I’ve written several times about the possibility of secession—of a (hopefully) peaceful dissolution or separation of the United States. To be clear, I do not want that to happen, and I fear such a separation would be anything but peaceful. But if it means a world where the progressive crazies can test out their wacky theories and policies in their own land with its own borders—and I am well outside of those borders—then it may be the best possible of all options.
I tend to disagree with Daniel Webster’s assessment that “Liberty and Union” are “now and forever, one and inseparable.” While I think the Union of the States did at one time strengthen the defense of liberty, it increasingly seems that the Union—as manifested through the power of the federal government—is trampling those liberties. I prefer John C. Calhoun’s rejoinder to Andrew Jackson: “The Union, next to our liberty, most dear. May we all remember that it can only be preserved by respecting the rights of the States and by distributing equally the benefits and burdens of the Union.” The Union is great, but only so far as it preserves liberty and the rights of States.
Quoting John C. Calhoun favorably, of course, is dangerous in these woke times, as he was an evil slave owner (per the social justice warriors) and argued that slavery was a “positive good.” Of course the man wasn’t right about everything, but he was right about States’ rights and the importance of liberty. I can acknowledge that Truth without accepting his other beliefs.
But I digress. It seems that secession or peaceful separation is not merely a conservative pipe dream, a distant hope for some second chance at liberty. The progressives are getting in on the action. The ultra-progressive publication The Nation has a long op-ed published entitled “The Case for Blue-State Secession.” Most of the piece is ridiculous Leftist dogma, but the fact that the totalitarian Left is toying with the idea is intriguing.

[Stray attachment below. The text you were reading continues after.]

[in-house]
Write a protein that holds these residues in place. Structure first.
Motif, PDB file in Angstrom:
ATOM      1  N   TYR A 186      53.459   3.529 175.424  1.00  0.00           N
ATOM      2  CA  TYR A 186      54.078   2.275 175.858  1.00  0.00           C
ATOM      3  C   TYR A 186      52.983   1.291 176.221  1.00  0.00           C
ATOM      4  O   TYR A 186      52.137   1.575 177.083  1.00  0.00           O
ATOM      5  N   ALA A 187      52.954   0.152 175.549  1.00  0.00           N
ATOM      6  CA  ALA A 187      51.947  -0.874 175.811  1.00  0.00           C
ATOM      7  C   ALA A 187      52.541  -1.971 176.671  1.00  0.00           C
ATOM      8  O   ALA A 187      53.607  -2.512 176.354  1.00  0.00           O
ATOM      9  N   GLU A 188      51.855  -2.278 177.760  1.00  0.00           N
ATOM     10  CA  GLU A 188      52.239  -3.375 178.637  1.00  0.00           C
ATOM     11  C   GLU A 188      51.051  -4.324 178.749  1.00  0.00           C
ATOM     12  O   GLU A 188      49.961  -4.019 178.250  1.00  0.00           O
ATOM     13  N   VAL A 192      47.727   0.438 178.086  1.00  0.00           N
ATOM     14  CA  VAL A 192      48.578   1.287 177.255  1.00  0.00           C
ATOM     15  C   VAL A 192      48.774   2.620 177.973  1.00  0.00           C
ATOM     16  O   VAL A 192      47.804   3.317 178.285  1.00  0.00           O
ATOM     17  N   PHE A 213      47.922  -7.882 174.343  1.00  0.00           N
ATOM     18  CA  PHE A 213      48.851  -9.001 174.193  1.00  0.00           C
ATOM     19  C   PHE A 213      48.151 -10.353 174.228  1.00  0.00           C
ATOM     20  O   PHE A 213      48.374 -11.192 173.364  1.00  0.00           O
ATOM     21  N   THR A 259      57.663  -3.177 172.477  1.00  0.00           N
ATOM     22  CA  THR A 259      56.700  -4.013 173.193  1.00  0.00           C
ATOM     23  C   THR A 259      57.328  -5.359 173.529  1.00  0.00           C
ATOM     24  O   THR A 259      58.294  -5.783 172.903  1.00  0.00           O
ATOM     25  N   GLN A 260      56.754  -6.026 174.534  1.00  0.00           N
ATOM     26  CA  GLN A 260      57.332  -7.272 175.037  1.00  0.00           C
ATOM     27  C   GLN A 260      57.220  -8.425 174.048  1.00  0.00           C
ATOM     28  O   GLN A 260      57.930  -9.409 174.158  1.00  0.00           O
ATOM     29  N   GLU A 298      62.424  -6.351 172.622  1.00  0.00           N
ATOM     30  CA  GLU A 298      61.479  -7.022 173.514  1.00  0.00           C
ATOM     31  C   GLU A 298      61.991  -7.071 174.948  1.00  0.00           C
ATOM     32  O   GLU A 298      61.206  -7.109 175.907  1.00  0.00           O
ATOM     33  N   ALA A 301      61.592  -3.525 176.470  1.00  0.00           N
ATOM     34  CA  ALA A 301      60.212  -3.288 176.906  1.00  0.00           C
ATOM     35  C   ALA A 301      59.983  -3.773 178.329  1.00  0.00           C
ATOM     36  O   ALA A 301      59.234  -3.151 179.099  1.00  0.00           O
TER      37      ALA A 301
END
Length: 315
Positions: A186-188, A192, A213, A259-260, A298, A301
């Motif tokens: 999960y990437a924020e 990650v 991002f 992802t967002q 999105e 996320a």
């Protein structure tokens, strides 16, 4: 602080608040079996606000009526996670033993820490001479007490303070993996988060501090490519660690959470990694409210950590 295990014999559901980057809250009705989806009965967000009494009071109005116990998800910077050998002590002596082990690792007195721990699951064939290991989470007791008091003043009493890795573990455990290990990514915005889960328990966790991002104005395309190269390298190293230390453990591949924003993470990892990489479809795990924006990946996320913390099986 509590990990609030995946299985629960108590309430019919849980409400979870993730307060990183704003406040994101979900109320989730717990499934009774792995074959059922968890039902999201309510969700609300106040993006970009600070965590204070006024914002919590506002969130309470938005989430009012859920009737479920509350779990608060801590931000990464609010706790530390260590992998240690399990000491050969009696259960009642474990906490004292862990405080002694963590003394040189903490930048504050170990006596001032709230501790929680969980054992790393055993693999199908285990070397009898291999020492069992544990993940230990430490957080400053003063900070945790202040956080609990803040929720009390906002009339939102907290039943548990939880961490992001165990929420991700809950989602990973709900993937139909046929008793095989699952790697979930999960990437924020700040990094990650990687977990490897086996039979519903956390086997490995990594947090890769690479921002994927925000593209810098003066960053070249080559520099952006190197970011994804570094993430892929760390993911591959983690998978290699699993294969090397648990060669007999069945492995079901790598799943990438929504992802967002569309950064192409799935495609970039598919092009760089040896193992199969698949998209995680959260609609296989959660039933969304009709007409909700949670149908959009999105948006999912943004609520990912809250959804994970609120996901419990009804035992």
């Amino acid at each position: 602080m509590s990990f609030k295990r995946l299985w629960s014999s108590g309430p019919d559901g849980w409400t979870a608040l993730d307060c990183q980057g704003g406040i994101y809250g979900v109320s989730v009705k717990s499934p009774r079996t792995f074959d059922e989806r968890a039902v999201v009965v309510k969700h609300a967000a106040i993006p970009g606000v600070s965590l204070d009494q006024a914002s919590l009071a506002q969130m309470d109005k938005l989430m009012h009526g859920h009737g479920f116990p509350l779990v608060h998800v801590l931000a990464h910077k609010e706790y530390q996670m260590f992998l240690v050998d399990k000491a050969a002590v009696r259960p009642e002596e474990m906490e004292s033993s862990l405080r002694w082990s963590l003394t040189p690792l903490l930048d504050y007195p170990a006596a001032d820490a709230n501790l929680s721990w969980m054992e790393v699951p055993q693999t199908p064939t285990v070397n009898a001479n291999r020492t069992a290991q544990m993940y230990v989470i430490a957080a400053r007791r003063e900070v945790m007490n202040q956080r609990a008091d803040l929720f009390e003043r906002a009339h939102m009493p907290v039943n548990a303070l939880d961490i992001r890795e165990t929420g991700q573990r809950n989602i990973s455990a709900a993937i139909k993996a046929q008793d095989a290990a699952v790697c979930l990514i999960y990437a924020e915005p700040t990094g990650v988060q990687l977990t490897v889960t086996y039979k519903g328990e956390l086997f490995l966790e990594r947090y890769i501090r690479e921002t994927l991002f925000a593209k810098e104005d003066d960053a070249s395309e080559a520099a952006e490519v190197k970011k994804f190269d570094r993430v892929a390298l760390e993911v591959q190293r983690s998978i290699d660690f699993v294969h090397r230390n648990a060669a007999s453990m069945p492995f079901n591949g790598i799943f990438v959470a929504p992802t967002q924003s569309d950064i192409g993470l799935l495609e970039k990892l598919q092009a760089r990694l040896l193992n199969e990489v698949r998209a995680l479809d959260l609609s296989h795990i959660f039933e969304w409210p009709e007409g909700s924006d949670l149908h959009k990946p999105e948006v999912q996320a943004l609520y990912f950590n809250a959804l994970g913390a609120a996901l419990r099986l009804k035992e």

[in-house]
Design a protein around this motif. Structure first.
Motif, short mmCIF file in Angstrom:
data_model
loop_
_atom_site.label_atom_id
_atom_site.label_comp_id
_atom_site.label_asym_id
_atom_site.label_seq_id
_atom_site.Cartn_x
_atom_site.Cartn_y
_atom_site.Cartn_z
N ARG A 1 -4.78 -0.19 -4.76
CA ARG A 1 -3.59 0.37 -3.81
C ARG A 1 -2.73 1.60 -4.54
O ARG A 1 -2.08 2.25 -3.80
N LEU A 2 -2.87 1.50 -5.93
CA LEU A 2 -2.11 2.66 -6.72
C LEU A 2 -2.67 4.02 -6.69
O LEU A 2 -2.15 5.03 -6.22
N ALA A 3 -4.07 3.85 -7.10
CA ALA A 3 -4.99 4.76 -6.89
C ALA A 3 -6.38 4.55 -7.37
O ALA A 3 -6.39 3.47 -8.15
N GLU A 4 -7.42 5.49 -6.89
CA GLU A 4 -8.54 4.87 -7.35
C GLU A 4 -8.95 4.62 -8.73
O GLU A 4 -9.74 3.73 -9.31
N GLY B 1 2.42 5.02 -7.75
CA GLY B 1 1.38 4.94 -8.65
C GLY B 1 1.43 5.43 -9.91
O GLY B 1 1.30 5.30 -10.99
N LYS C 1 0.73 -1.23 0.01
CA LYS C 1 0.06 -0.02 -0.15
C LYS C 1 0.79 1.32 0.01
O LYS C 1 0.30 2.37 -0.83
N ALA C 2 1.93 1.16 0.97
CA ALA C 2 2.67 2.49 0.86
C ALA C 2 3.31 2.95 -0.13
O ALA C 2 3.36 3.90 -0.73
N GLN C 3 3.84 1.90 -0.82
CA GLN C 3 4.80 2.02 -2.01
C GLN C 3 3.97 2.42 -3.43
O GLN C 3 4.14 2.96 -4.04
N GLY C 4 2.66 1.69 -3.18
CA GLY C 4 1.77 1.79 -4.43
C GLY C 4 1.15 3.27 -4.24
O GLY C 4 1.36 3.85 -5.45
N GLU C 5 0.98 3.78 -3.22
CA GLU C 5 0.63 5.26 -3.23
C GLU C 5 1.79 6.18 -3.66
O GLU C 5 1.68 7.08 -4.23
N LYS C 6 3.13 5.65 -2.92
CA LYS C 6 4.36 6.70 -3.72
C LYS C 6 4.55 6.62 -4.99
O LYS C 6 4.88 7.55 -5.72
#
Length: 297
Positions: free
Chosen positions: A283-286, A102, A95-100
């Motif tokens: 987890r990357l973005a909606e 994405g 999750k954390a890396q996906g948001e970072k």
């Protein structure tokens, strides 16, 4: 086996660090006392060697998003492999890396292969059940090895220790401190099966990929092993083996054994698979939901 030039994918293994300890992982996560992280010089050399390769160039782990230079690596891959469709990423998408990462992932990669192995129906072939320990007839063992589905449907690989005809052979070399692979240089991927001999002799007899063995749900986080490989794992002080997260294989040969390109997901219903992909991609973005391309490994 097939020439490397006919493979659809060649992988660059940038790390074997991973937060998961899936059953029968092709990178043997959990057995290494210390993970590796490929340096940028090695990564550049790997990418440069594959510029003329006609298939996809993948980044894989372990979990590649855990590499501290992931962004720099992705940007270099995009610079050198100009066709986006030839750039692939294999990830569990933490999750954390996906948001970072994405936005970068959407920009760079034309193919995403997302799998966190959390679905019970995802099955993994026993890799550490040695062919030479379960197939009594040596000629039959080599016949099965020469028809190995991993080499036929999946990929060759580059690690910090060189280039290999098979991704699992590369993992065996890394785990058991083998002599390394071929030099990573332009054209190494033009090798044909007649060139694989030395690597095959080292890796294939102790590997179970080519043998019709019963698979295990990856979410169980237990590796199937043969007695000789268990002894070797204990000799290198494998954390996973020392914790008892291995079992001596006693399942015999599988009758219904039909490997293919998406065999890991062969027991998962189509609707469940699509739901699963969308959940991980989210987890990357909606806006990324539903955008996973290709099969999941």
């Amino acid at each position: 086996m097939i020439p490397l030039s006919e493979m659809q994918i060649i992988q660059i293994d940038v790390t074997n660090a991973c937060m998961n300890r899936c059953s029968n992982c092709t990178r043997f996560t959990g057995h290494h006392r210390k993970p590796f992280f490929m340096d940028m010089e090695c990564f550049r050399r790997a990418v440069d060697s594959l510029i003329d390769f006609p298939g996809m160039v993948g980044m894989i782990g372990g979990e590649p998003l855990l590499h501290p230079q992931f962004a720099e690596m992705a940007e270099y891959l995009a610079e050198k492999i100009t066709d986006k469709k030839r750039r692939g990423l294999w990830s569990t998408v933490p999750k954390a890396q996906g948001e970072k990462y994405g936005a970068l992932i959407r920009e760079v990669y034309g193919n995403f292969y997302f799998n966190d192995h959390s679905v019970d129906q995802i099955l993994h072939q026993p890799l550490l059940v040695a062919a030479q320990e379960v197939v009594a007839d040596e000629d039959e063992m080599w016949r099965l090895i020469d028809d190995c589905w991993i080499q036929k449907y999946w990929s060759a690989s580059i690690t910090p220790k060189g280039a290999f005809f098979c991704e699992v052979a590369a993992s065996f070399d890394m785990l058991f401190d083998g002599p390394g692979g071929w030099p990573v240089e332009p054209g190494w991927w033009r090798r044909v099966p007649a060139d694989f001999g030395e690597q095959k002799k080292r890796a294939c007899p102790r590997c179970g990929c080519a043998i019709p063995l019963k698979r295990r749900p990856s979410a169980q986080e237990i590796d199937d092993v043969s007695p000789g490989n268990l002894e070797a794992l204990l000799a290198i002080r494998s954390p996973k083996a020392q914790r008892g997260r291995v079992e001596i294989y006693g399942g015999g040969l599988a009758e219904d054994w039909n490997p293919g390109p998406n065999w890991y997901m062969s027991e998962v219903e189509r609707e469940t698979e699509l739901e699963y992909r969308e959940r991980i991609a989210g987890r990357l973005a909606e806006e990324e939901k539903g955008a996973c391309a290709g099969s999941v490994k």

The American experiment in self-government is at perhaps its lowest ebb since the 1850s, a decade whose division and partisan rancor rival our own. That decade’s statesmen’s failures to address sectional tensions—and, ultimately, to reconcile two fundamentally incompatible views of the world—resulted in the secession of eleven States that no longer believed the national government was acting in accordance with the Constitution.
It brings me no joy to make such a grim assessment, nor to contemplate what comes next as a result, but it is a necessary task. My sincerest wish is that our great Union remain intact, and that we see some restoration of constitutionalism. An increase in States’ rights and federalism—greater sovereignty at the State level and less power at the federal level—would go a very long way in resolving at least some of our national issues.
A major theme of this blog has been the restoration of rural America, and the promotion of the idea that the future of the United States rests in its rural areas and small towns. I have often touted the affordability and the decency of the country as major selling points to those looking for a change of scenery.
So this piece at The Abbeville Insitute—Travis Holt’s “Thirty Pieces of Silver“—grabbed my attention. Holt is a native son of the Ozarks in Arkansas, and he writes movingly about how his ancestors carved a livelihood out of the rough mountains of a challenging wilderness. He details the sweat and toil that went into improving the land, and of gradually expanding small family plots.
Holt also describes a process all-too-familiar in the New South: the commercialization of those hard-won family plots. Holt does not denounce the sale of family lands in general, as he recognizes the economic hardships and the lure of better lives, but he does lament the sacrifice of heritage, history, and family to the whims of the market. His essay grapples with the complexity of that loss, and his own determination to keep his familial lands.
Yesterday, I wrote about the destruction of statues of American leaders—the destruction of American history. My position is that tearing down virtually any statue—Confederate, Union, Theodore Roosevelt, etc.—is the untenable erasure of our nation’s history. Further, the historic illiteracy of the woke SJWs has seen the defenestration of statues of abolitionists—an absurdity for groups that claim to be fighting against the legacy of slavery.